City Council Green Scores Revealed

Staff Writer

The scores are out, and when it comes to the City Council’s environmental policies, many Queens officials have earned high marks.

The New York League of Conservation Voters released its Environmental Scorecard on Jan. 29, examining how well the members of the City Council have done in terms of sponsoring and voting for bills that have an effect on the environment.

The scorecard, which covers the 2012-2013 legislative session, looked at the votes and sponsorships for 17 bills that indicated the highest collective priorities of the Council, covering everything from recycling to clean energy, biodiversity to transportation and energy efficiency to air quality.\

Councilmembers Elizabeth Crowley, Daniel Dromm, Peter Koo and Jimmy Van Bramer all scored 100s on their environmental scorecard from the League of Conservation Voters.

Councilmembers Elizabeth Crowley, Daniel Dromm, Peter Koo and Jimmy Van Bramer all scored 100s on their environmental scorecard from the League of Conservation Voters.

The League of Conservation Voters is the only organization that produces an environmental scorecard to give an independent assessment of the City Council, according to its press release.

While Queens as a whole appeared to do well, earning a 91 out of 100 average, it actually came below the City average of 92. The Manhattan delegation had the highest score, with a 98 average. Brooklyn was in second with 93. The Bronx tied with Queens and Staten Island came in last with 88.

Those at the top of the pack for Queens were Councilmembers Elizabeth Crowley (D-Middle Village), Daniel Dromm (D-Jackson Heights), Peter Koo (D-Flushing) and Jimmy Van Bramer (D-Sunnyside). All four of those elected officials received perfect scores of 100.

“The New York City Council has continued to keep environmental issues at the top of its agenda. There is no doubt that we will maintain an open dialogue with environmental advocates in order to continue passing meaningful legislation that makes New York City more sustainable and greener for all,” Van Bramer said.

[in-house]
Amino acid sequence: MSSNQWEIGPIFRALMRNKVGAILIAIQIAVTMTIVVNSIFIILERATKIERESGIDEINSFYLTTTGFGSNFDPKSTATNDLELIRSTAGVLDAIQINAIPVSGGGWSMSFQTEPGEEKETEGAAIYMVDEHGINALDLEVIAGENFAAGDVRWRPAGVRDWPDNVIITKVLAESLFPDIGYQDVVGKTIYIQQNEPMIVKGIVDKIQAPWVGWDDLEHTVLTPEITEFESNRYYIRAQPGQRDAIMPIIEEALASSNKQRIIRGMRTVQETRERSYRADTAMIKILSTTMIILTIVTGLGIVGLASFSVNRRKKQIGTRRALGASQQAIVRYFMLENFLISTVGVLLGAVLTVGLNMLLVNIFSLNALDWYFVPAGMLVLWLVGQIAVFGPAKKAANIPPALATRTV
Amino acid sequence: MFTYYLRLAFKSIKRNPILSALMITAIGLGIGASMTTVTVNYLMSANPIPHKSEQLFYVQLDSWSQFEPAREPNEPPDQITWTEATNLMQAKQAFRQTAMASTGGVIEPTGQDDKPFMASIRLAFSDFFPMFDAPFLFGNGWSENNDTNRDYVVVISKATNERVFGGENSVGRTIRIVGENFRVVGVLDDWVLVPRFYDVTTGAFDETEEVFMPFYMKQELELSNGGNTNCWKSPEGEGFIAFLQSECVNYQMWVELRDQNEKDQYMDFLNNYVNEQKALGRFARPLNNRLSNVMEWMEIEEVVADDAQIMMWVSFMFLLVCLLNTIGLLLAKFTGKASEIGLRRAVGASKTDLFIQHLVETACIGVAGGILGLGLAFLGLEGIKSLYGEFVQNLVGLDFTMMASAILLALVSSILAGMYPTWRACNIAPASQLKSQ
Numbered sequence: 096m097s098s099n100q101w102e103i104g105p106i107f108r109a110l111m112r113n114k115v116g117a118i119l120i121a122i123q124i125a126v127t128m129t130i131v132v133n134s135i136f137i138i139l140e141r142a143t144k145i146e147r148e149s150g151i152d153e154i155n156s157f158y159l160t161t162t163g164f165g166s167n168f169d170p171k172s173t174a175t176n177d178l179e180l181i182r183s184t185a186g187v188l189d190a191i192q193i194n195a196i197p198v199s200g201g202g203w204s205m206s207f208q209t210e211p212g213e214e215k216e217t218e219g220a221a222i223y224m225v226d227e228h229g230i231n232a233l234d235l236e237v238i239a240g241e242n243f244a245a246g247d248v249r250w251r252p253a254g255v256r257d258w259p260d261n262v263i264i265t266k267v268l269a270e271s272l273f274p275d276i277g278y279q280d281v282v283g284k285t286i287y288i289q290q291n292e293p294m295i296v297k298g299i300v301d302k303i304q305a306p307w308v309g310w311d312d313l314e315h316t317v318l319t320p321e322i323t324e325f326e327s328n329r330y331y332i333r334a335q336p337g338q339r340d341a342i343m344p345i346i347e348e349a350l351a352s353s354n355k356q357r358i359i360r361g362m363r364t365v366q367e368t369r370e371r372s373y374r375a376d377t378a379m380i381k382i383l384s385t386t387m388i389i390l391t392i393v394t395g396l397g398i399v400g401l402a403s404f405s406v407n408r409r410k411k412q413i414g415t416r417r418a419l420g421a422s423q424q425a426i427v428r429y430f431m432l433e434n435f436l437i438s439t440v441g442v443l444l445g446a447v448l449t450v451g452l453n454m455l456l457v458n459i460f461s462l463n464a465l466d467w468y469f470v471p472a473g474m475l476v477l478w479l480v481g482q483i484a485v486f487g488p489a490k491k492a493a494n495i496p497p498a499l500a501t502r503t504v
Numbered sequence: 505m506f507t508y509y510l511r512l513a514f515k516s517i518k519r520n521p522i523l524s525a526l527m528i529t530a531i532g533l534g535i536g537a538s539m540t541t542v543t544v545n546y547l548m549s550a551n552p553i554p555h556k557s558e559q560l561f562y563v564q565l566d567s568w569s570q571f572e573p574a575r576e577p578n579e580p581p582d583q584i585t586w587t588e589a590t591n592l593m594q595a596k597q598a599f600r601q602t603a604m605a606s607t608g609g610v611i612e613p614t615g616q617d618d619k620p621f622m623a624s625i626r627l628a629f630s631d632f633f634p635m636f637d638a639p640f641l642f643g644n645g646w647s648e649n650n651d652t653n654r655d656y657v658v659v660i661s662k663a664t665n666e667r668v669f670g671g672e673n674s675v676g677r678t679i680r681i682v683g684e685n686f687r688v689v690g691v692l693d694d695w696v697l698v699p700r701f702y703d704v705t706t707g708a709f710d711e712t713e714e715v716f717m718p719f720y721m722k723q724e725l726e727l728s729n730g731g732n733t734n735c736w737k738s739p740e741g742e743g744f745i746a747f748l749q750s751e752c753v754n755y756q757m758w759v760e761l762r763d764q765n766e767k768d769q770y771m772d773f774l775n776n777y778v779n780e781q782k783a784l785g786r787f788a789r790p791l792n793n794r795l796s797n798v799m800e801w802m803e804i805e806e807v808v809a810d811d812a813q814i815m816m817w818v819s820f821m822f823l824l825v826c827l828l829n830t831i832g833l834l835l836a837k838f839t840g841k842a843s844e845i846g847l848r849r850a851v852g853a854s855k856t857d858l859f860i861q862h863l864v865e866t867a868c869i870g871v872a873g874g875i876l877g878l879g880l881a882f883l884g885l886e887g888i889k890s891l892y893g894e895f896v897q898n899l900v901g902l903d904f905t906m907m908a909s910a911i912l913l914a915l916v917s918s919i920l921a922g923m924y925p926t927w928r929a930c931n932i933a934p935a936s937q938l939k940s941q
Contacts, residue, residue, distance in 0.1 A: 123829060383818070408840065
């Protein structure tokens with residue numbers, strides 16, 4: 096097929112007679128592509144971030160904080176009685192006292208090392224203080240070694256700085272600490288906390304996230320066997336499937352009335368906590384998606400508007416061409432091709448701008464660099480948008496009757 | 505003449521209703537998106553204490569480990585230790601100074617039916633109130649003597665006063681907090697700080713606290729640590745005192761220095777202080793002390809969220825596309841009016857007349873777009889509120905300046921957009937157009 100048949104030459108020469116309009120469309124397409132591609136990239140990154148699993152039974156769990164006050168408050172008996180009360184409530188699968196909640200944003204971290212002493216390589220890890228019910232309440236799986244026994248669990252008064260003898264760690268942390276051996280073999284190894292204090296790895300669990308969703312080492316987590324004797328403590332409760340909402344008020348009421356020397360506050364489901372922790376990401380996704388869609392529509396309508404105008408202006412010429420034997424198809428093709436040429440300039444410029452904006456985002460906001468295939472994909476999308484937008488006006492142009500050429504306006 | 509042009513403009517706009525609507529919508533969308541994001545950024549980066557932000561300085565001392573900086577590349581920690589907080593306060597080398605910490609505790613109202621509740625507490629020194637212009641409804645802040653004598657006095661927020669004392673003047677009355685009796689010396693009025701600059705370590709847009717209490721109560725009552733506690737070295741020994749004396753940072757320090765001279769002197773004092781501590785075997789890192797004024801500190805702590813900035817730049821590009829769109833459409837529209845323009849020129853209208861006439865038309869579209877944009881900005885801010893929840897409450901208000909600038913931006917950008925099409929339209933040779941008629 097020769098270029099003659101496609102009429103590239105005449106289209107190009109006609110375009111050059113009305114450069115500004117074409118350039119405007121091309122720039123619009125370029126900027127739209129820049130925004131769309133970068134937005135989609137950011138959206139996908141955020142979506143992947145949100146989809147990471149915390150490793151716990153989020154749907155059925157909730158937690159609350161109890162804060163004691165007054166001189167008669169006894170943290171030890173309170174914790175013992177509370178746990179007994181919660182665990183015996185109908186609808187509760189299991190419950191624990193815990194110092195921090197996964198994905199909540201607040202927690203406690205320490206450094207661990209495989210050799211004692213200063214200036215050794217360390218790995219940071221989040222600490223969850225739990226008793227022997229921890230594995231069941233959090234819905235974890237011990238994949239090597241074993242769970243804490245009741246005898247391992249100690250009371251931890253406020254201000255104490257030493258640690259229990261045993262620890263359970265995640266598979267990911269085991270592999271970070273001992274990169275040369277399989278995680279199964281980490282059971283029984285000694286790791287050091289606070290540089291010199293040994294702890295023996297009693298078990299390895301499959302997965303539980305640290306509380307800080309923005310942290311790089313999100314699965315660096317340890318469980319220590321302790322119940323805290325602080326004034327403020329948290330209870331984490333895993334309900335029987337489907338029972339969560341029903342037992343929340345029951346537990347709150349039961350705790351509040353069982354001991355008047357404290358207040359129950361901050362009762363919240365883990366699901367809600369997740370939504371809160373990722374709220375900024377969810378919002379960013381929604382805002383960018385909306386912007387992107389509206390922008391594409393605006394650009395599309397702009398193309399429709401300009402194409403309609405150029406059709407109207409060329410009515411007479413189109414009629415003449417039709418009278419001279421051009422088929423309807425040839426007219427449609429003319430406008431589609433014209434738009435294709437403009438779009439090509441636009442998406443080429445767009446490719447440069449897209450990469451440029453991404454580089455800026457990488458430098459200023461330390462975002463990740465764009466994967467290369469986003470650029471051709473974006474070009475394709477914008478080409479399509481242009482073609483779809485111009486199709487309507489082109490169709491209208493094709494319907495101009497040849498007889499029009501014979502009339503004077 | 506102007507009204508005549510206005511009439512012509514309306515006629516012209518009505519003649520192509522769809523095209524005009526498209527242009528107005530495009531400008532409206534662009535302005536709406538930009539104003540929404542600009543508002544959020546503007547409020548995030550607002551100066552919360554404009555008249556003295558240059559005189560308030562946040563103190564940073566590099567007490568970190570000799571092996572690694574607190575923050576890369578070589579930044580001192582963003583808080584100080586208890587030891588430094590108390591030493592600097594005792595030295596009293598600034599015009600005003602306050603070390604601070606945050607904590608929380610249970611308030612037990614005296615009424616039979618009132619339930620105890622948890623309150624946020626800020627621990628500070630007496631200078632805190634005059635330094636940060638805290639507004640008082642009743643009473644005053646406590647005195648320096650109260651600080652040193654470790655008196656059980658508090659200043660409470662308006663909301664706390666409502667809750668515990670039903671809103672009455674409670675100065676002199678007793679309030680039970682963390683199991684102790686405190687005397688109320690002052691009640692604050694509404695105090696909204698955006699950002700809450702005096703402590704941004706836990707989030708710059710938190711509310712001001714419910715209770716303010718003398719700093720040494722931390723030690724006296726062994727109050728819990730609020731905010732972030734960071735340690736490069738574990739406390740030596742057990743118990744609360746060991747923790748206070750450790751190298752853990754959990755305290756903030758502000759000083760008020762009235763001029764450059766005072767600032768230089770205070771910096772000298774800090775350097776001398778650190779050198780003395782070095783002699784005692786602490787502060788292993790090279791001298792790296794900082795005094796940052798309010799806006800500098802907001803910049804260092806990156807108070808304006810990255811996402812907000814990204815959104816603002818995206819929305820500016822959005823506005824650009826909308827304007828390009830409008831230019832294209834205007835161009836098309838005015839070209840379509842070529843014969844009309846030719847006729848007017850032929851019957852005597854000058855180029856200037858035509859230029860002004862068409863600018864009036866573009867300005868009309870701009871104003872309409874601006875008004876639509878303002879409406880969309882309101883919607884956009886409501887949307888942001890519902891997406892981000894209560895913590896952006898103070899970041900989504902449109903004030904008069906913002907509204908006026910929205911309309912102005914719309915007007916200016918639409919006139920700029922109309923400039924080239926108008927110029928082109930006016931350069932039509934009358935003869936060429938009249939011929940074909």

Dromm’s comment stressed the importance of the green legislation that was passed last year.

“We must protect our environment and by changing policies, we can set the City on a greener path,” he said. “I supported legislation that banned plastic bags and Styrofoam as well as bills addressing composting, recycling and truck emissions, among others.”

Koo was also happy about his score and is already looking towards this year’s environmental legislation.

“I won’t rest on my laurels however. I am in the process of writing more environmentally-friendly bills that I look forward to discussing with my colleagues and the public in the near future,” he said.

Councilmen Mark Weprin (D-Oakland Gardens) and Donovan Richards (D-Laurelton) also received high scores, earning a 94 and 91, respectively.

“I am proud of my environmental record because creating a more sustainable city is a promise we make to our children and to future generations,” Weprin said.

Richards, the new Chair of the Environmental Protection, said he was ready to help create a more environmentally-friendly New York.

“I’m elated to have received a 91 on my environmental scorecard from the League of Conservation Voters last week. I look forward to working with the LCV to build a more sustainable, green and resilient city,” he said.

The lowest scores for Queens went to former councilmen Dan Halloran and Peter Vallone Jr., who both received a 76. Councilwoman Julissa Ferreras (D-East Elmhurst) also received a 76, but the league noted that she missed several important votes due to maternity leave, skewing her score.

Reach Joe Marvilli at (718) 357-7400, Ext. 125,, or @Joey788.